Lebanese pro-government politicians lashed out opposition's action of blocking roads across the country on Tuesday, describing it as a coup attempt, local media reported.
Opposition forces blocked several main roads in Beirut and other parts of the country with burned tires as part of a general strike to topple the incumbent government led by anti-Syria Prime Minister Foaud Seniora.
Samir Geagea, a leader of the Lebanese Forces, also accused the opposition of staging a coup, warning of chaos if troops continued to stand by watching.
"This has nothing to do with democracy or freedom. This has been transformed into a coup attempt. It is a revolt in every sense of the word," Geagea was quoted as saying.
He also accused the authorities of failing to fulfill their duty or collaborating by protecting the demonstrators instead of opening the roads and protecting citizens who want to go to work.
Army troops and security forces watched the demonstrators from a distance, mostly without interfering. In some instances, the troops moved in after the departure of the demonstrators to reopen the roads, the Lebanese Broadcast Corp. TV reported.
Likewise, government officials also described the disturbances as an attempted coup.
"It is one of the chapters of the putsch," Telecommunications Minister Marwan Hamadeh said, adding that "this will fail as in the past and the legitimate government of Lebanon will remain steadfast."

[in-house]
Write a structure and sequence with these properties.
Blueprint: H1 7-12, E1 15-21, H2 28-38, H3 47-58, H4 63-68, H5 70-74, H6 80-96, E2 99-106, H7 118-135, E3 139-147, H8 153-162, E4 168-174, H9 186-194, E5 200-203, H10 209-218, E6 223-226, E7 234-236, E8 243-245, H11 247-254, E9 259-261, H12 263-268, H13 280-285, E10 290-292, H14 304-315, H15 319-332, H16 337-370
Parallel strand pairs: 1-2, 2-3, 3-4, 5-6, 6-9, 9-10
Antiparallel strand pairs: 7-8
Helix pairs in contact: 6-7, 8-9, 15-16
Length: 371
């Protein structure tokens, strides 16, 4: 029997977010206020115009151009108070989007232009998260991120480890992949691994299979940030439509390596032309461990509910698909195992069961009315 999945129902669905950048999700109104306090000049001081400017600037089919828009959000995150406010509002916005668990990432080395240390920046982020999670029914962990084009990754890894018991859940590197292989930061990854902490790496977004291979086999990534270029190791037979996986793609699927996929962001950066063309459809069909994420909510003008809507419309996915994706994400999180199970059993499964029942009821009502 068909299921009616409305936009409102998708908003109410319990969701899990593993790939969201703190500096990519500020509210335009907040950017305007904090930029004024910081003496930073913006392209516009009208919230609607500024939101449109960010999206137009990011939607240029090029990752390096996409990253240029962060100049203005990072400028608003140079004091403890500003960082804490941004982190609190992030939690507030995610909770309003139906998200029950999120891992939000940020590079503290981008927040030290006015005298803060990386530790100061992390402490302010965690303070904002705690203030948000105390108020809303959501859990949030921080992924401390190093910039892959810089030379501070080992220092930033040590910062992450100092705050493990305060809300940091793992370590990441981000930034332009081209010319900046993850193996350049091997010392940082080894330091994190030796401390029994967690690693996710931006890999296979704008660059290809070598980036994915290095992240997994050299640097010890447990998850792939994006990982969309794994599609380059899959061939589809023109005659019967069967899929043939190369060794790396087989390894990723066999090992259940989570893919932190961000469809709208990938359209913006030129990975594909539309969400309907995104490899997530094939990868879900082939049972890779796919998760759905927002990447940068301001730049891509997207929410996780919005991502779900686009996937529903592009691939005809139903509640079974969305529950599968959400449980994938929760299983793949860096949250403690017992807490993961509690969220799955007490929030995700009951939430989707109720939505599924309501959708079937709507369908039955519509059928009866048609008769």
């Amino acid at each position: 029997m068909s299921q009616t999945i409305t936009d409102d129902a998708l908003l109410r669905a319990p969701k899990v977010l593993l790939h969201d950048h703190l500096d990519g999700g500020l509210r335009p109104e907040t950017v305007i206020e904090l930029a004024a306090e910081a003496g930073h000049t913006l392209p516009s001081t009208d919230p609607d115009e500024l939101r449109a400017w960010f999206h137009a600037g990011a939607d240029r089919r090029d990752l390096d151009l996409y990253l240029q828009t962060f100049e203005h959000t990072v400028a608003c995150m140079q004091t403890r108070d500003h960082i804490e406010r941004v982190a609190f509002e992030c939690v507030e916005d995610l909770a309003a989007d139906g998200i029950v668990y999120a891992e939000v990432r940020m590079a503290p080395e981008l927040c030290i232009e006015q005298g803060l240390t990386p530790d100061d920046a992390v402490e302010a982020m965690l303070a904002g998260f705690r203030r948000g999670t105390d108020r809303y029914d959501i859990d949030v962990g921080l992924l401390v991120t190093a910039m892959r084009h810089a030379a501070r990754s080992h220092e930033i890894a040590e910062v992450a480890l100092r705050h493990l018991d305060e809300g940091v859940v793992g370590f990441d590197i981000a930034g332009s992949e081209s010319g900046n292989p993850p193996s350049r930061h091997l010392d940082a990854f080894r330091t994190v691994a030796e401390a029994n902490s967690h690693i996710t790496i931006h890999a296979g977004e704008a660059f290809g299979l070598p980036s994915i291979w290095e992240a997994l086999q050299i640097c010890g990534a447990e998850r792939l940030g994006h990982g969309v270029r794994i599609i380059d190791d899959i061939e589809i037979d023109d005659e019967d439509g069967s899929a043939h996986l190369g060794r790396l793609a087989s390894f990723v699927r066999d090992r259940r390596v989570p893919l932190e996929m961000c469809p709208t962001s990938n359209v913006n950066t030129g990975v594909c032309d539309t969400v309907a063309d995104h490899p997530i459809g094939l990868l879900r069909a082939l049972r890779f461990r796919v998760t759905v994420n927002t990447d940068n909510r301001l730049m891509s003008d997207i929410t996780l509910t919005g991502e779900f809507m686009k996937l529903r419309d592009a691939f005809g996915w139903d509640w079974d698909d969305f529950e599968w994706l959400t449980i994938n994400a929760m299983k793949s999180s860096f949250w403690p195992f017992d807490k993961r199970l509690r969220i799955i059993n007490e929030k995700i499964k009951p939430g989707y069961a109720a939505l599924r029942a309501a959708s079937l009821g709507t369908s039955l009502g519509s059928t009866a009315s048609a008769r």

Hamadeh told the Dubai-based al-Arabiya television that the disturbances could last more than one day, warning that "patience is not unlimited."
During Tuesday's strike, dozens of people were injured when clashes broke out between pro- and anti-government supporters, local ANB TV reported.
Some officials expressed fear that the clashes could evolve into clashes among citizens.
Youth and Sports Minister Ahmed Fatfat told al-Arabiya that " the opposition is attempting a coup by force ... This is not a strike. This is military action, a true aggression, and I'm afraid this could develop into clashes between the citizens."
In addition, eight flights from Egypt, Oman, France, Kuwait, Bahrain, Germany and Qatar have been cancelled at Beirut airport as roads to the airport were blocked by Lebanese opposition protesters.
The airport remained operational, but few workers showed up and passengers were unable to get there or to leave, airport sources were quoted as saying.
Lebanese opposition alliance launched an open-ended sit-in in downtown Beirut on Dec. 1, 2006 to topple the Seniora government, declaring the anti-Syrian cabinet illegitimate and demanding early parliamentary elections and a new electoral law.
The Seniora government, backed by the March 14 parliamentary majority coalition, had rejected such calls and accused the Hezbollah-led protest of trying to obstruct the creation of an international tribunal to try suspects in the 2005 assassination of ex-Premier Rafik Hariri and related crimes.